My name is Dariusz and I live in Suffolk…
It’s a couple of years since it all started, but this is the first time I have decided to tell my story. I am a reserved person, so I have certain stories, which I do not share with anybody. Actually I am now changing this slowly. I hope that it will give courage to those in a similar situation, those who are struggling with cancer may find it reassuring that other people like me have been through a similar experience so they are not so alone.
It all started with a pain… pain down there. It wasn’t pain all the time, just sometimes. It was only a matter of time when I could feel the lump; I knew it was there under the skin, it wasn’t particularly visible. It felt strange, odd and different. I knew something was going on. I even went to the doctor; he tried to reassure me and said that I could have had it since birth. I wasn’t so convinced. He asked me to see him again in one month’s time. But I didn’t return. One whole year passed and the moments when it felt painful became more and more often and the lump also increased in size.
When I was 23 in 2010 – the breakthrough happened and I went to see a doctor – she couldn’t feel anything, but she sent me to a clinic for an ultrasound scan. During that time I told my father that I had some health problems. By the way he lives 1000 miles away, but was still such a great support. I wasn’t scared, simply relieved – that I didn’t have to wait any longer and that I had finally taken action and had hopefully given myself a chance to survive. From then on I did not step away from that path – the path I called ‘survival’. I remember the look on the face of the doctor during the ultrasound scan. He was explaining to me where the tumour was, his face was so serious. Instead of feeling down and haunted by the results, I felt surprisingly alright, strong and ready to face the hospital and seeing the doctors by myself, of not hiding it anymore and of caring for my health. I wasn’t afraid. I was quickly informed about the operation – I was going to be a patient. Me? I hardly ever visited hospital and had never stayed overnight there. The unknown did bother me. What was my score, I was wondering? Am I going to live, for how long? The biopsy was done and the results: a malignant tumour.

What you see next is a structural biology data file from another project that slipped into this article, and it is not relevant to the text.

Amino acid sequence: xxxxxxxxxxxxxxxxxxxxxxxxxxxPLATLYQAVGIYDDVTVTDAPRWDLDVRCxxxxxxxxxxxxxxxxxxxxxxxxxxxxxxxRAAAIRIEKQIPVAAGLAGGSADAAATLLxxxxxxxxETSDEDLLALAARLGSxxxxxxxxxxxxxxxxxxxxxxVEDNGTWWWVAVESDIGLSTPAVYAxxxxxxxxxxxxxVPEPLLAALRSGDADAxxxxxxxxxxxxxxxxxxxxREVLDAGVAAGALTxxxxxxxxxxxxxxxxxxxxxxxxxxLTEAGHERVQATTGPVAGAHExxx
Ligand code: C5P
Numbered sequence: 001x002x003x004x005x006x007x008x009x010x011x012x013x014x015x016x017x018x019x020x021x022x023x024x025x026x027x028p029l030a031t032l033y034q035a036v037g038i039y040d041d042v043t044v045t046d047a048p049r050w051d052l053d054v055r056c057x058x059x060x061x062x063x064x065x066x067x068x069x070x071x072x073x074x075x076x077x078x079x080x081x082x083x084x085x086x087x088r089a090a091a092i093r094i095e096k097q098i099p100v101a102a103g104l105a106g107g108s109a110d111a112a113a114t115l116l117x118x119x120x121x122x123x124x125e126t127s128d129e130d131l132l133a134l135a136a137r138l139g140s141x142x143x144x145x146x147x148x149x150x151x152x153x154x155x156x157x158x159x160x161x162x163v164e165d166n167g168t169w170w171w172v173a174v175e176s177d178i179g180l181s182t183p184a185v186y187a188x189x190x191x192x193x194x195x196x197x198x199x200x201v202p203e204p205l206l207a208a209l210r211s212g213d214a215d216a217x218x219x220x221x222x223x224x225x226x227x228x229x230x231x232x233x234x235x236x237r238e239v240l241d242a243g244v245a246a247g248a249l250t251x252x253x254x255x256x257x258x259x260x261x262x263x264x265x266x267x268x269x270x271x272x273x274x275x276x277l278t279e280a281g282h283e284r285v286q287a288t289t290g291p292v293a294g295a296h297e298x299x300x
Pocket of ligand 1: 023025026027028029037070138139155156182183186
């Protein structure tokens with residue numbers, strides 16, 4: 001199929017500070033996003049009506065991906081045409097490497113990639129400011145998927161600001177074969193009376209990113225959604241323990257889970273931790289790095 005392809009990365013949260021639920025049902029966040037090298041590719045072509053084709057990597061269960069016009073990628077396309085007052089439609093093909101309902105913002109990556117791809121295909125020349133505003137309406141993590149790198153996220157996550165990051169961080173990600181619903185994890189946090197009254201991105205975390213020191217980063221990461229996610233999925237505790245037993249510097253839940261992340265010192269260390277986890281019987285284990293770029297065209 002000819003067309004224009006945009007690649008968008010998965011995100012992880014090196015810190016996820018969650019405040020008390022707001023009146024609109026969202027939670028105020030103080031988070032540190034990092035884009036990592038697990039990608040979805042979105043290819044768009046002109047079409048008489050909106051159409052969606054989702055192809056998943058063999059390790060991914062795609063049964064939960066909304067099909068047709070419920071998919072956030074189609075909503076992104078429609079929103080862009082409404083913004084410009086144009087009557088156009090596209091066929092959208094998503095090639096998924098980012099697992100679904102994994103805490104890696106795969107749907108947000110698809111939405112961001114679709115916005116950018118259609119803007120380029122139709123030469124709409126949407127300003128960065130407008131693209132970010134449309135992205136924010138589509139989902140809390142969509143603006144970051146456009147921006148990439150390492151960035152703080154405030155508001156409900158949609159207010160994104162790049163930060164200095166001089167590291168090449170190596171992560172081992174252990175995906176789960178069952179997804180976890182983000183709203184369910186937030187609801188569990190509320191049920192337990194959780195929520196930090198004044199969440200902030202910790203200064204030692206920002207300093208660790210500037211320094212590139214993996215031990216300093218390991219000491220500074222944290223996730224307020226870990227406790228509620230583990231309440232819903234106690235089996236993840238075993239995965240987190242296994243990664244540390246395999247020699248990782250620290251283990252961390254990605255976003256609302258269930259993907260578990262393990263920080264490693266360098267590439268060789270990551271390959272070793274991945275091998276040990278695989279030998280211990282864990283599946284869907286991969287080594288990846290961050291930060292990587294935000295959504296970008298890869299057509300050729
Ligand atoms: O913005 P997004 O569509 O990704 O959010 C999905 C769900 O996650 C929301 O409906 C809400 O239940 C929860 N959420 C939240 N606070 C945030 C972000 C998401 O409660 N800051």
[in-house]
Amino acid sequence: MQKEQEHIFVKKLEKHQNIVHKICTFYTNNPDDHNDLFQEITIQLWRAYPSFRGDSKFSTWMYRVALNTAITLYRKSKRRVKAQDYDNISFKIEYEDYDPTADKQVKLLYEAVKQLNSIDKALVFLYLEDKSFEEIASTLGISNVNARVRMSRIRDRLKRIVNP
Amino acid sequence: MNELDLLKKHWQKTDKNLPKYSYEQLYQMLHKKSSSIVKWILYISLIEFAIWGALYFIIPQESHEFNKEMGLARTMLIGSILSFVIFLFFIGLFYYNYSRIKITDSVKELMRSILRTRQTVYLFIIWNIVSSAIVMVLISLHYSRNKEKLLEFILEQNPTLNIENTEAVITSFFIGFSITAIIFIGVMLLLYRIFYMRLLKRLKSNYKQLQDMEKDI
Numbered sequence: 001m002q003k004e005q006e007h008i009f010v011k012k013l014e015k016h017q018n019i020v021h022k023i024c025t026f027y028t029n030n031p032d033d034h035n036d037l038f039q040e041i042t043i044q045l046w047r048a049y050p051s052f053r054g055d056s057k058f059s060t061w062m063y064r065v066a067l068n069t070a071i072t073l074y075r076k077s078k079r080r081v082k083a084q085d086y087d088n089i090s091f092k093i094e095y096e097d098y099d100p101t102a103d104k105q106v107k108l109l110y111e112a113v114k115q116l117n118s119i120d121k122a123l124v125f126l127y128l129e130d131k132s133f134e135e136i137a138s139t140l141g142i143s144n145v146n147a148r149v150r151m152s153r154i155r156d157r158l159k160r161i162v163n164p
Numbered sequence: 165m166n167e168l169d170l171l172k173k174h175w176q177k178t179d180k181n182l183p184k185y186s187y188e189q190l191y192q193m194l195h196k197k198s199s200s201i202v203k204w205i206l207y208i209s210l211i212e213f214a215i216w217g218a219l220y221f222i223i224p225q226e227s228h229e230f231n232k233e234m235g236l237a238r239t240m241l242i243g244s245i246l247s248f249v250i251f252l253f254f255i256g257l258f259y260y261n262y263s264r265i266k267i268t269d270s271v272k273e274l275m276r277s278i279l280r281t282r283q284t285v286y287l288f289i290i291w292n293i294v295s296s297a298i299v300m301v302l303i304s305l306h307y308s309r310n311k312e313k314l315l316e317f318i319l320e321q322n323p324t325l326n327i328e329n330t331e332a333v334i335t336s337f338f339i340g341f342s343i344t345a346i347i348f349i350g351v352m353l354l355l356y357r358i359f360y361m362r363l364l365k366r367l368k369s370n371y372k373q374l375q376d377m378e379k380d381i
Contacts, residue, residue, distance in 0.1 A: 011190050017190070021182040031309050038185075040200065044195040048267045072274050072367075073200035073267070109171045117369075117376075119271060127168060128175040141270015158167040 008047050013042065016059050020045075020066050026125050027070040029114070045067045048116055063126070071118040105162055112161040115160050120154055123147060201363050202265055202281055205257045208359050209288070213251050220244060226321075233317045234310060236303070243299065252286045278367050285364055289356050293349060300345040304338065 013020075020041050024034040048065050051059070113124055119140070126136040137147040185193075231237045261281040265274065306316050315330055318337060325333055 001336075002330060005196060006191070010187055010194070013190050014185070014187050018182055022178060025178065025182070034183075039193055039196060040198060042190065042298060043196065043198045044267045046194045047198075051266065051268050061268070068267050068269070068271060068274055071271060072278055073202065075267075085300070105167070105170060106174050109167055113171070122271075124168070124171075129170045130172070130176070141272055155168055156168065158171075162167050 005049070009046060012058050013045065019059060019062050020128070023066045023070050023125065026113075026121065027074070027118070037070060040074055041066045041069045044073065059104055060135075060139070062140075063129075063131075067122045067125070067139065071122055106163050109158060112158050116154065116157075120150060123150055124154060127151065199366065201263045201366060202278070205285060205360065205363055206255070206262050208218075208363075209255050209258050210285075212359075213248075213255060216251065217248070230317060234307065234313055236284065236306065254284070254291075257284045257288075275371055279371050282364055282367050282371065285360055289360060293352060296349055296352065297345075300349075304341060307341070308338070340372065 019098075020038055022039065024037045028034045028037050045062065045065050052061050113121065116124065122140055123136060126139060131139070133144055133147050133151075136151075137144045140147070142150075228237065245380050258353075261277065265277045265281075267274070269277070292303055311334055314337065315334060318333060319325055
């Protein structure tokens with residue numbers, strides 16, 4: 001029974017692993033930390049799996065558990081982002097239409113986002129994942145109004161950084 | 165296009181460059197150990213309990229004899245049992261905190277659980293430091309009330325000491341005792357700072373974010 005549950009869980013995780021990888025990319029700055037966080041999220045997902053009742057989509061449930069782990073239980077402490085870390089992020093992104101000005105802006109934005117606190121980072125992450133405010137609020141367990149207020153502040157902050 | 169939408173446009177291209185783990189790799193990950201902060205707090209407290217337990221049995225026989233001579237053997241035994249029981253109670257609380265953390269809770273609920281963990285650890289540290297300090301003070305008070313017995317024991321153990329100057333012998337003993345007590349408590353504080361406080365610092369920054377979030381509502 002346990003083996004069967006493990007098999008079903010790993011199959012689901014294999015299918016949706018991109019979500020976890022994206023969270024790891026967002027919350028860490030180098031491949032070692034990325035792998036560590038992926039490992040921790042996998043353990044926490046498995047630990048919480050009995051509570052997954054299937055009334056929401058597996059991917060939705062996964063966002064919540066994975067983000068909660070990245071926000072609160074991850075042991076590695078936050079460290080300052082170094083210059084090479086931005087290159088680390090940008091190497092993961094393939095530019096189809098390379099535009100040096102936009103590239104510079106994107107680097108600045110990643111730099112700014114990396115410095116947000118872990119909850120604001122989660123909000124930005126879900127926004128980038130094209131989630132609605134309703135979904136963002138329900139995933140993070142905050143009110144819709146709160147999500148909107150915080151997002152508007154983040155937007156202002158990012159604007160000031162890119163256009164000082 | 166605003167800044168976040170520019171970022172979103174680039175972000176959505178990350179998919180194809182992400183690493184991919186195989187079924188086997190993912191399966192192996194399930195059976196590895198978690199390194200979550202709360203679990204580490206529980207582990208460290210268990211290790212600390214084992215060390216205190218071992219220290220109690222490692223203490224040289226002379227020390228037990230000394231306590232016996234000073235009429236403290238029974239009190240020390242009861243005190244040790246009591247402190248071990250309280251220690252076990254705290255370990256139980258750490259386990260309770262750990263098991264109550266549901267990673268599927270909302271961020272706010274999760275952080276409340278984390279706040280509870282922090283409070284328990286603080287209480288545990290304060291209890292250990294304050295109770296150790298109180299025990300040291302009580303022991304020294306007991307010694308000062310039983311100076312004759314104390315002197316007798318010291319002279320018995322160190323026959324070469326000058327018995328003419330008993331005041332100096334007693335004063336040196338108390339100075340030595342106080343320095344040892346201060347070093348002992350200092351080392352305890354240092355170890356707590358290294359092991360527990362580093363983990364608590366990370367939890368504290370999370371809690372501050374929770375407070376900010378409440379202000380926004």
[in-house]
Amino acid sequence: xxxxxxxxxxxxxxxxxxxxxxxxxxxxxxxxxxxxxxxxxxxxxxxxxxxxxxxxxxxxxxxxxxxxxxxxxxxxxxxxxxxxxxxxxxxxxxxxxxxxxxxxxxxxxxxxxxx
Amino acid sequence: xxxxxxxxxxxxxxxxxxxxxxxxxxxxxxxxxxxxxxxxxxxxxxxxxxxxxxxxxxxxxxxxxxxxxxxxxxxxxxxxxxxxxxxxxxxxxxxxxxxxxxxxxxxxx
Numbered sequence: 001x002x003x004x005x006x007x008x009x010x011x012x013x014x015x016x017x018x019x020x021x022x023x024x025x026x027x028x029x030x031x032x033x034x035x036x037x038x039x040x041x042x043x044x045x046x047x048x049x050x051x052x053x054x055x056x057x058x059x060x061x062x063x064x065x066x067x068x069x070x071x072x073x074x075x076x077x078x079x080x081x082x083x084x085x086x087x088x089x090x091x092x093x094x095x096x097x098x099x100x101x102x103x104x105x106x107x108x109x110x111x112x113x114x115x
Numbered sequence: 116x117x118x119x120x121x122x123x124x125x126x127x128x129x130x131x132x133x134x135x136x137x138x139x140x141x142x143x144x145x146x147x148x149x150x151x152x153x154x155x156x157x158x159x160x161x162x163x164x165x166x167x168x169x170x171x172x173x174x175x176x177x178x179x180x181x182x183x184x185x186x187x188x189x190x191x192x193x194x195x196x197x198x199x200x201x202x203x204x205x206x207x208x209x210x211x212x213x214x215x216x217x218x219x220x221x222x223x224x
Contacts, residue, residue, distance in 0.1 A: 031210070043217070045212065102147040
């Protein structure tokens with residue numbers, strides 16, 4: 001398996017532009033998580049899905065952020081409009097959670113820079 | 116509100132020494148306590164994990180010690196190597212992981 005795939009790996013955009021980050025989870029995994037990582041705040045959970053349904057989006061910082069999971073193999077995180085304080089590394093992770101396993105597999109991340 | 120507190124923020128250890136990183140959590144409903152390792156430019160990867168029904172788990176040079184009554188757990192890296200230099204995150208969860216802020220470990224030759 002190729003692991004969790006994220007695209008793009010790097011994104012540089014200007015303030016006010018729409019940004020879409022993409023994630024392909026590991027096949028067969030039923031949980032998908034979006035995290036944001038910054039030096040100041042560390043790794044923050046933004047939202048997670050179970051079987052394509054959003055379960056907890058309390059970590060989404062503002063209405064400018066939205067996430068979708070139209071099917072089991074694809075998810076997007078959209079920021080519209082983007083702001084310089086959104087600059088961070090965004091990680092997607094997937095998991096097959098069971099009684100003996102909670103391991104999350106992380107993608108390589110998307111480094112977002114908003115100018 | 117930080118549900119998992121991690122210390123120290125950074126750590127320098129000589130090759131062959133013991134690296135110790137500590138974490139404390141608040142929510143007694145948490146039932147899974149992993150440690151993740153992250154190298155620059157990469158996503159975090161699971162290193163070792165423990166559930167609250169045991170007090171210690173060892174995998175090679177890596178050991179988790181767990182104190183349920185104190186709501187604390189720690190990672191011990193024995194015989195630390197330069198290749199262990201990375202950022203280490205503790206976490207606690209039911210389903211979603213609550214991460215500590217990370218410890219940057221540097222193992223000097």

The cancer cells do not die by themselves as they haven’t got a switch off mechanism, they just reproduce. They are rebellious cells within the body, but working against it and if not stopped in time, as we all know, can be fatally dangerous. My lymph nodes in the groin area were a big mystery – were they enlarged due to fighting the cancer or just another affected party – death ally of the rebellious outcasts. The operation to remove the tumour made me weak, it took time before I could walk normally again. The chemotherapy followed… I was now feeling close to writing myself off, close to giving up, to not even try to fight anymore, but I kept going and survived. Some people say it was a miracle.
And what’s more – it made me stronger. It was nice to have some of my close friends around. Some of them were praying for me and caring, others tried to make me laugh. Surgery and stitches means NO NO to laughing! They helped me through the most serious part of my life so far.
The good part of it was that I was then told I could go for a sponsored holiday. I thought: Let’s do it! Before I realised I was in a house in Bournemouth with a group of other people just like me. Finally I didn’t feel that ‘different’. No longer was I feeling like one from the back of the crowd, as unable, inadequate.
I can easily divide my life from before big C and after it. Seeing my life as a countdown to the inevitable and then a new life. Before long I was feeling nearly back to normal and sending off applications to local schools, pursuing my goals and following my dreams. The cancer experience had made me stronger. I had been given a new life. I wanted to use it, to thank my creator for such a gift.
This last story is the most emotional part for me… my relationship. The girl I was with during my illness was the centre of my world, but she had grown distant. I struggled to forgive her as I was already suffering greatly without losing her as well.
During this time I decided to go on Youth Cancer Trust holidays. She did not come with me there – she never did. We were already two very separate human beings.
Instead of crying in silence I opened myself (a bit) to the new people I met at the Youth Cancer Trust house.
The many activities drew my attention away. I met some new people and realised that I am not in the worst possible situation. My stay there helped me to realise that life is not just about her. That to live and share life with people who understand is of the most importance. Recovery takes time, both physically and emotionally. The support given to me at YCT by the members of staff has made me a richer man. The increase of self-esteem is priceless.
I have spent a few times at the lovely Tracy Ann House, home of the Youth Cancer Trust and I will always keep good memories from the holidays there. I have now completed my degree and looking forward to the next time I can go to YCT. I appreciate the true value of friendship and try not to look back to the past. I have got only one life: I can either use it or lose it.